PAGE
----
Restaurant review: Well-bread city dining at Etto in Dublin

“WHO’S getting the bread?” I once sat in the kitchen of a house in the French Mediterranean city of Montpellier and heard this question asked four times in the space of an hour by different members of the same family.
Restaurant review: Well-bread city dining at Etto in Dublin

It was mid-morning on a warm Saturday in late autumn and I was sitting at the kitchen table munching bitter-sweet green olives as the lady of the house made mayonnaise, using a wooden spoon and her cousin’s olive oil.

She answered the bread question patiently each time — “worry not, Polig is getting bread after his visit to the barbers!”

This serene tableau gave me an insight into how our Latin cousins think about food.

Nobody asked what was for lunch (it was a simple roast leg of lamb with butterbeans) — it was more important that fresh bread was purchased from the correct bakery.

Sitting in the Italian/Mediterranean- themed Etto on Merrion Row a couple of weeks ago during the stormy weather, I was reminded of that French scene as I munched on Sicilian Nocellara del Belice olives and guzzled Rossa Crowe’s Le Levain bread.

Le Levain bread is available in Temple Bar Market on Saturdays and is the bread of choice in many of my favourite Dublin restaurants (once I become king they shall all be forced to have a loaf handy in case I visit).

Nocellara olives have been called the best in the world but I confess this was my first time tasting them.

Yes they were excellent (and at around 25 cents each they would want to be) — a pristine luminescent green colour, creamy and sweet at first, with a little bitter kick on the finish.

I’m not sure they are the best I’ve tasted (context is everything) but they are probably the best I’ve tasted recently.

Etto opened in 2013 with Barry Fitzgerald at the helm and has been wowing critics and the public ever since.

Fitzgerald now has his own restaurant, Bastible, which opened in November and is already booked out until mid-January (yes, I admit it, I tried to get a table for this week’s review but I failed).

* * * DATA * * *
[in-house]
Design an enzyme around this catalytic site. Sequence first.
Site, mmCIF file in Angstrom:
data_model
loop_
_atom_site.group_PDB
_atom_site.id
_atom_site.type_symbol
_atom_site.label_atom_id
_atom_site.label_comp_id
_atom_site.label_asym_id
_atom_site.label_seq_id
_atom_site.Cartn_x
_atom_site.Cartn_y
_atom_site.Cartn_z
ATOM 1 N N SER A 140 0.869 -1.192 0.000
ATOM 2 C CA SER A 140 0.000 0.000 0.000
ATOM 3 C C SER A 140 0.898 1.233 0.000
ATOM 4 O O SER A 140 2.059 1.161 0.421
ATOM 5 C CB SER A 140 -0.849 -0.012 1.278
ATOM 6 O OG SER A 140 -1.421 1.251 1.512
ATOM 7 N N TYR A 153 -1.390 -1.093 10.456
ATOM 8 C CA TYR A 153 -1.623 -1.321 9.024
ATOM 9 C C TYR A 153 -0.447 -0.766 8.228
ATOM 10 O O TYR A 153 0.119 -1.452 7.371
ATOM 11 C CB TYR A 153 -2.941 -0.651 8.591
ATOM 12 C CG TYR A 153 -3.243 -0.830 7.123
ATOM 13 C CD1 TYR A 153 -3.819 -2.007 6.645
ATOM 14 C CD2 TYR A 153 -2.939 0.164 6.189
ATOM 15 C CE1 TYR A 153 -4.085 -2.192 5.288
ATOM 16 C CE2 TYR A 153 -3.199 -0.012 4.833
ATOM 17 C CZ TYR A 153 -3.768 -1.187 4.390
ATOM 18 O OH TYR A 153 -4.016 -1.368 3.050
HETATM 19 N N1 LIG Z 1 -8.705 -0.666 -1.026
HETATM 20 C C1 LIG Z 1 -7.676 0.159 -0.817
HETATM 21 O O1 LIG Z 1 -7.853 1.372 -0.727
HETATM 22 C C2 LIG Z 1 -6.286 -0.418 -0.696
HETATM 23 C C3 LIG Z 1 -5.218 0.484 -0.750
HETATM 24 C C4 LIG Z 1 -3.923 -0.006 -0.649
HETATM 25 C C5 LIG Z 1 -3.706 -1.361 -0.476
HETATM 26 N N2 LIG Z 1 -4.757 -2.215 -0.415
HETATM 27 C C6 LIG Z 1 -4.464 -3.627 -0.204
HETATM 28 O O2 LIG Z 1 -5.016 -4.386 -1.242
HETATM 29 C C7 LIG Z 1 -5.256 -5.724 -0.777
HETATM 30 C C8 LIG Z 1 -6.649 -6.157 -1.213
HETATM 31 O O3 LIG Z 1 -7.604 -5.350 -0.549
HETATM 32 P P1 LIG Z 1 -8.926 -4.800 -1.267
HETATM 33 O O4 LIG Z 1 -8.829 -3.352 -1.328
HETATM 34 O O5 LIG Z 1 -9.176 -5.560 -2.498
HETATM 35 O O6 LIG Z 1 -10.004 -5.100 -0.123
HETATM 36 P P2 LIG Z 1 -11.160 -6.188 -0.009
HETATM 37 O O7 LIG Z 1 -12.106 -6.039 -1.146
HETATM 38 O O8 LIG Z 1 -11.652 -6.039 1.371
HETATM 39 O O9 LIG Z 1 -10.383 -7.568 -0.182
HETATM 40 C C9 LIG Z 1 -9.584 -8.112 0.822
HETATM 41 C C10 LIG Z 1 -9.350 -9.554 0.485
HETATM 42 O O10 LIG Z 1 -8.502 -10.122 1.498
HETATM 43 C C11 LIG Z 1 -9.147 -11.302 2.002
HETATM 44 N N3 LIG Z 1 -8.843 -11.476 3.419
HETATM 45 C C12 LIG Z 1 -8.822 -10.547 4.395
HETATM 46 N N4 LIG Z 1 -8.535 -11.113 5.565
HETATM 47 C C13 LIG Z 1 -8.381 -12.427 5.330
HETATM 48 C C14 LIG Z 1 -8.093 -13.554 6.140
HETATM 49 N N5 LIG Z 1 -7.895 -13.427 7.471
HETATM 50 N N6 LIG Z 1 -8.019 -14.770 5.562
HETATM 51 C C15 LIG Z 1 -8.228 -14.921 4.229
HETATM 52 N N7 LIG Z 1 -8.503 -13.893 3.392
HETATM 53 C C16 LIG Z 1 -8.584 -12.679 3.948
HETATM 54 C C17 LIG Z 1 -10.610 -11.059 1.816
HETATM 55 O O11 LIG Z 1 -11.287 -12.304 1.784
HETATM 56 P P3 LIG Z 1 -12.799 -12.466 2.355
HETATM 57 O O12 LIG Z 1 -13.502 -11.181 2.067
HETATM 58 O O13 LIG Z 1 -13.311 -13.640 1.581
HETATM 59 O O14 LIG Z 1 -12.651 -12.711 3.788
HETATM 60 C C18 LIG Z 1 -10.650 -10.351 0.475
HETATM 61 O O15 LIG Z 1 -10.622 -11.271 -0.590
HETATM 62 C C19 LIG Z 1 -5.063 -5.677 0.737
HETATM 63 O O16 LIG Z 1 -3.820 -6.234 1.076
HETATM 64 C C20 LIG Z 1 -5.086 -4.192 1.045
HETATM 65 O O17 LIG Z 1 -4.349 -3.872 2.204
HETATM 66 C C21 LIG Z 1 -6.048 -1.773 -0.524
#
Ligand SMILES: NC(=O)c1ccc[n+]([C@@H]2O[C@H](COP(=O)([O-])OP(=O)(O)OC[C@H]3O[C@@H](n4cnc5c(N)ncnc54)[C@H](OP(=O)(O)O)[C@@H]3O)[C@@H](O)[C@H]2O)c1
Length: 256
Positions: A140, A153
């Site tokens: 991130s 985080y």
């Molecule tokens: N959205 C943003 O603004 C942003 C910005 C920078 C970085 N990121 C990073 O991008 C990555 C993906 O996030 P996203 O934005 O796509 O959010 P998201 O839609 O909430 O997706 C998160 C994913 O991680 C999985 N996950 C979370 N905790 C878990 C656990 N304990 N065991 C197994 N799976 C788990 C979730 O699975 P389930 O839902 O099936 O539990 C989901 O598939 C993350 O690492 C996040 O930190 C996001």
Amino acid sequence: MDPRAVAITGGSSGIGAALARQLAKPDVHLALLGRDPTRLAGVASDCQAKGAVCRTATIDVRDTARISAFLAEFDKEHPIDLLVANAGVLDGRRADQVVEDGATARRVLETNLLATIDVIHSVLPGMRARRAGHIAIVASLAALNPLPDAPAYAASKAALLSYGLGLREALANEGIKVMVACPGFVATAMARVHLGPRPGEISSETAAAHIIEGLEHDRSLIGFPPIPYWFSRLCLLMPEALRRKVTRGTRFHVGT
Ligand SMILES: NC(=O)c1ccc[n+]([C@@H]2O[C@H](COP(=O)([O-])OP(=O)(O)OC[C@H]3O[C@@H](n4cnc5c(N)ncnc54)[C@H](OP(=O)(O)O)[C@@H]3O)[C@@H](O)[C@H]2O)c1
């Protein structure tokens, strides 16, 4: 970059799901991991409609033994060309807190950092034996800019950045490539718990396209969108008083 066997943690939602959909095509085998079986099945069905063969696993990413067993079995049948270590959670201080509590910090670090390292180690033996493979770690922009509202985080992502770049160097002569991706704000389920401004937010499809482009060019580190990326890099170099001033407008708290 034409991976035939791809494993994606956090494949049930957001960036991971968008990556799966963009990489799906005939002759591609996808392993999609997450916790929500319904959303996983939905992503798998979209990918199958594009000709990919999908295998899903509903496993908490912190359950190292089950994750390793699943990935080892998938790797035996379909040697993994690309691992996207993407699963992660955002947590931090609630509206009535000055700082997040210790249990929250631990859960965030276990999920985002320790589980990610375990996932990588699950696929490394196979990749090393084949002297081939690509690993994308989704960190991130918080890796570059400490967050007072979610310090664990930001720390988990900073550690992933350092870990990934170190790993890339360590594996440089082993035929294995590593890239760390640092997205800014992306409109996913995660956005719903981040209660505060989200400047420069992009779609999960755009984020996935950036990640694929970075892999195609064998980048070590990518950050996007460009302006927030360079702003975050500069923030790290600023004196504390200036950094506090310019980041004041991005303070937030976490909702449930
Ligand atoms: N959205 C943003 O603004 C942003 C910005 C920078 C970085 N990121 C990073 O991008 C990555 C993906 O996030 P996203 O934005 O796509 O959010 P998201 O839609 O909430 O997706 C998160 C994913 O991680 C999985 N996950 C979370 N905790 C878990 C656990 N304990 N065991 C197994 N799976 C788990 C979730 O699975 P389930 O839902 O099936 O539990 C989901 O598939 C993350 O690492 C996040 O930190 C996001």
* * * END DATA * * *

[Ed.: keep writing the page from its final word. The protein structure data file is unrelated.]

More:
Etto was never only about Fitzgerald’s cooking, however.

Sourcing, atmosphere and attitude were always just as important and the wine list is one of the best in the city, with hardly a dud wine on the list.

On the night we visited they were temporarily out of their Austrian Blaufrankisch, but the suggested replacement was actually better.

Maretti Langhe Rosso at €39, a blend of Nebbiolo and Barbera, came at the correct temperature and wowed us with its fragrance, fleshiness, and finesse.

We began with some hake and leek croquettes, which were beautifully light and fluffy, plus some substantial stodgy (in a good way) malfatti gnocci with chanterelles and sage butter.

For mains the cod with cauliflower, grapes and smoked guanciale was the star but my mussels with nduja (spicy Calabrian sausage paste) and pungent fresh sweetcorn was also memorable.

I queried the sweetcorn source and, sure enough, it is the same north Dublin producer that delivers daily to Luna and others.

For dessert my peanut butter semifreddo with apple and glazed Italian-style soft meringue disappeared in mere moments.

The Fourme d’Ambert cheese could have been a little creamier perhaps, but otherwise this was a supremely satisfying meal.

It is still a little strange to me that it took a restaurant on Merrion Row in Dublin’s rather dull business district to bring me back to a warm day in a kitchen in Montpellier.

If you don’t have anyone to visit in the South of France, or in Italy or Greece, a visit to Etto on a winter’s evening probably won’t be a substitute but it is recommended.

The Tab

Dinner for two with two with one bottle of wine, two (complimentary) nibbles, two starters, two mains, one cheese and one dessert — €116.40 (excluding tip).

How To

Monday to Friday, 12pm-10pm; Saturday, 12.30pm-10pm

The Verdict

Food – 7/10

Service – 8/10

Drink – 8/10

Ambience – 7/10

Value – 8/10

In a Sentence: A mix of creative and traditional Italian/Mediterranean food served in a small but atmospheric space — the wine list is long and while the food menu is short it is all rather perfectly formed.

Etto, 18 Merrion Row, Dublin 2        

01-678 8872;    

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